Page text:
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Stephanie Cantor

November 5th, 2019

Designing meaningful employment for Kenyan youth

1 comment | 2 shares

Estimated reading time: 4 minutes

Stephanie Cantor

November 5th, 2019

Designing meaningful employment for Kenyan youth

1 comment | 2 shares

Estimated reading time: 4 minutes

In the face of high youth unemployment, social enterprises in Kenya seek to promote work opportunities through ‘decent’ jobs. But is the focus on employment figures enough to transform people’s livelihoods? LSE’s Stephanie Cantor spoke to youth in one of Kenya’s largest slums, Mukuru, and asked what it means to make work meaningful.

Kenya is one of Africa’s fastest-growing economies, but unemployment remains rampant with around 40 per cent of the population in 2019 jobless. Even more concerning is that approximately 85 percent of those unemployed are under 35 years old.

The problem of youth unemployment is not unique to Kenya. It is a globally recognised epidemic so universal that Goal 8 of the United Nation’s Sustainable Development Goals (SDGs) notes the importance of generating ‘decent jobs’ for young people.

While some argue that simply creating jobs or providing ‘decent’ work for people in poverty is enough to change lives, my research found otherwise. I spent six weeks in Mukuru, one of Nairobi’s largest informal settlements or slums, understanding what young people aged 18–35 perceive as needed to create meaningful work to transform their livelihoods. My goal was to help organisations design life-changing employment opportunities, such as through my own social enterprise Akili, which creates transformative employment for youth from disadvantaged backgrounds by leveraging localised training resources.

Meaningful work provides the ability to flourish

The majority of current work opportunities for Mukuru youth provide a meager paycheck. They often work dead-end jobs that do not provide a pathway to improve their livelihood. First-off, salaries are oftentimes below the minimum wage of approximately 13,500 Kenyan Shillings (KES) per month. Jobs are also unreliable, meaning the work itself or compensation is not guaranteed. Other opportunities demand long hours, unrealistic targets and hard labour. To escape these difficult situations, many Mukuru youth quit their formal employment to work multiple informal positions at the same time, creating a ‘bouquet’ of gig economy jobs.

Conversations with youth revealed they want to love and feel passionate about their work, while having opportunities for growth that would open up future opportunities. When these criteria are met, the narrative changes drastically to one of hope, motivation, satisfaction, peace of mind, enjoyment and pride both in and outside the workplace, directly supporting Western literature on meaningful work and the characteristics of human flourishing.

If we know that creating jobs is insufficient to change lives meaningfully, how can we design appropriate jobs for Kenyan youth?

Mukuru youth in Kenya playing football on a pitch
Each evening the Mukuru come together on the football pitch. Stephanie Cantor and her Akili teammates learned some new skills. Credit: Stephanie Cantor.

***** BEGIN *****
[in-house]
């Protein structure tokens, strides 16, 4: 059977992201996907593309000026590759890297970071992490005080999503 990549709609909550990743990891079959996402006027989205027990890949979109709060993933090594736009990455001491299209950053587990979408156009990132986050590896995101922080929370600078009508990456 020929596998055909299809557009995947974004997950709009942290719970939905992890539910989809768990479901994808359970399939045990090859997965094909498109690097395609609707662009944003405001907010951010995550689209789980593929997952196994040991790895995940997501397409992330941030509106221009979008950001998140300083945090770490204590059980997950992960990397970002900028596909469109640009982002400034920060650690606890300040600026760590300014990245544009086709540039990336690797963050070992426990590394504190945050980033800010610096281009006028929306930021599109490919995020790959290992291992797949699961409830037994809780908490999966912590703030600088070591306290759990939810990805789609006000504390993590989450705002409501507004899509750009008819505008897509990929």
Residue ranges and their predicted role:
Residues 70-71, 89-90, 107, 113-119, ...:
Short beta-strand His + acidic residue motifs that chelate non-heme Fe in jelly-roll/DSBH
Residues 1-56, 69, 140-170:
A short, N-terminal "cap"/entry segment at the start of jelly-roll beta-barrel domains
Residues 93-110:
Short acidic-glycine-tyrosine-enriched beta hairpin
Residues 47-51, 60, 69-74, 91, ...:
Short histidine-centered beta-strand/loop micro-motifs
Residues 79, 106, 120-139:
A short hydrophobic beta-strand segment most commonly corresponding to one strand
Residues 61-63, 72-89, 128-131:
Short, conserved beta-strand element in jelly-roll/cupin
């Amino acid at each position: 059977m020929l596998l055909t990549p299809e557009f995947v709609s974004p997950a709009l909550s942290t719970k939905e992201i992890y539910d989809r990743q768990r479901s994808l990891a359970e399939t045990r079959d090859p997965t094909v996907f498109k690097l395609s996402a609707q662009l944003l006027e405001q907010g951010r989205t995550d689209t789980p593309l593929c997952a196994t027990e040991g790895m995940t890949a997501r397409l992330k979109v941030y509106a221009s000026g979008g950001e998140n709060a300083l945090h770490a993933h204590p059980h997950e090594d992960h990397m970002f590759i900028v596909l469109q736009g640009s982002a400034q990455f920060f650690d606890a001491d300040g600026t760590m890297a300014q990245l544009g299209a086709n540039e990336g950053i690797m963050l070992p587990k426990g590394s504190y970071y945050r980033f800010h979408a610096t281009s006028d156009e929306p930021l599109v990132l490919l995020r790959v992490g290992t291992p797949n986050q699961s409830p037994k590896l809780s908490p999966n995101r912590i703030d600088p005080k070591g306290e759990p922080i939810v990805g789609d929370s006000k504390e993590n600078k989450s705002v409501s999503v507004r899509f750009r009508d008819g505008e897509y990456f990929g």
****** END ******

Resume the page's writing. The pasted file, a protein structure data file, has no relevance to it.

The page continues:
Four elements of meaningful work for youth in Mukuru

Through twenty in-depth interviews with youth in Mukuru – 12 males and 8 females between the ages of 19–28 – I triangulated themes that emerged from conversations with youth from similar a disadvantaged background – nine youth between the ages of 18 and 24 – who were working in a job they found meaningful. Each participant came from a slum or rural village in Kenya.

The results were combined with components of existing meaningful work theories and motivation models, such as self-determination theory, which posits that motivation is grounded in the three human needs of competence, relatedness and autonomy to feel connected to their work.

My research found the following key elements that should be pushed for in workplace opportunities, used by organisations such as Akili, which can help create an ecosystem that fosters meaningful employment:

Autonomy and flexibility: flexible working hours coupled with independence from a boss or acting as one’s own boss;

Competence and skills growth: ability to complete work and the opportunity to grow and acquire new skills through work;

Relatedness and expanded network: connectedness to the people in the workplace and the opportunity to grow one’s network through work; and

Ability to make a difference and create impact: this can be done either directly through work or by using income.

While there are existing work opportunities for youth in Kenyan slums, enterprises and organisations with a mission to improve the lives of young people through employment schemes should enhance their solution model to include the above elements. This will provide the kind of work youth really crave. For enterprises like Akili, these are low-cost and easily implementable, meaning such organisations can move beyond mere employment figures towards work found to be meaningful.

Photo: photographer in Kenya. Image by Nina Stock from Pixabay.

About the author

Stephanie Cantor

Stephanie Cantor

Stephanie Cantor is passionate about using innovative solutions to create social impact. She has previously worked as an International Development Consultant at PwC, managing projects related to global health, open innovation and capacity building. Stephanie graduated from the University of Maryland with a Bachelor of Science in Finance and a Minor in Social Innovation, and is currently completing her MSc Social Innovation and Entrepreneurship at LSE.

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